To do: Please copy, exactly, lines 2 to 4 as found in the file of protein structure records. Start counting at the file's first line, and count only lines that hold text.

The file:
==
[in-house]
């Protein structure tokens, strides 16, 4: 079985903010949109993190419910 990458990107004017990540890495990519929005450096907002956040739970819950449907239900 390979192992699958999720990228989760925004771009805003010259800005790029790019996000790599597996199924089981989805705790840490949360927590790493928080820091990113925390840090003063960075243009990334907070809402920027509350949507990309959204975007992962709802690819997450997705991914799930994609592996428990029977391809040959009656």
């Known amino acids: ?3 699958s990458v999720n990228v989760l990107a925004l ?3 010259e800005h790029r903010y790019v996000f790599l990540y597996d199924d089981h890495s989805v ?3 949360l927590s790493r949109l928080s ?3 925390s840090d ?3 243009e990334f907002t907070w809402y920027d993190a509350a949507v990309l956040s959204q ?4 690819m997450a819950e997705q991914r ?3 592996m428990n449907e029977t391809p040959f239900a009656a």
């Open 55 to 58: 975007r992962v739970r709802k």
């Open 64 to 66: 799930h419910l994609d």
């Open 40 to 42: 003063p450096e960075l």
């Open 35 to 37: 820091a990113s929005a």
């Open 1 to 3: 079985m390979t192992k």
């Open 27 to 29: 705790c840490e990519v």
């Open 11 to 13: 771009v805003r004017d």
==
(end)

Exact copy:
């Protein structure tokens, strides 16, 4: 079985903010949109993190419910 990458990107004017990540890495990519929005450096907002956040739970819950449907239900 390979192992699958999720990228989760925004771009805003010259800005790029790019996000790599597996199924089981989805705790840490949360927590790493928080820091990113925390840090003063960075243009990334907070809402920027509350949507990309959204975007992962709802690819997450997705991914799930994609592996428990029977391809040959009656």
């Known amino acids: ?3 699958s990458v999720n990228v989760l990107a925004l ?3 010259e800005h790029r903010y790019v996000f790599l990540y597996d199924d089981h890495s989805v ?3 949360l927590s790493r949109l928080s ?3 925390s840090d ?3 243009e990334f907002t907070w809402y920027d993190a509350a949507v990309l956040s959204q ?4 690819m997450a819950e997705q991914r ?3 592996m428990n449907e029977t391809p040959f239900a009656a």
């Open 55 to 58: 975007r992962v739970r709802k």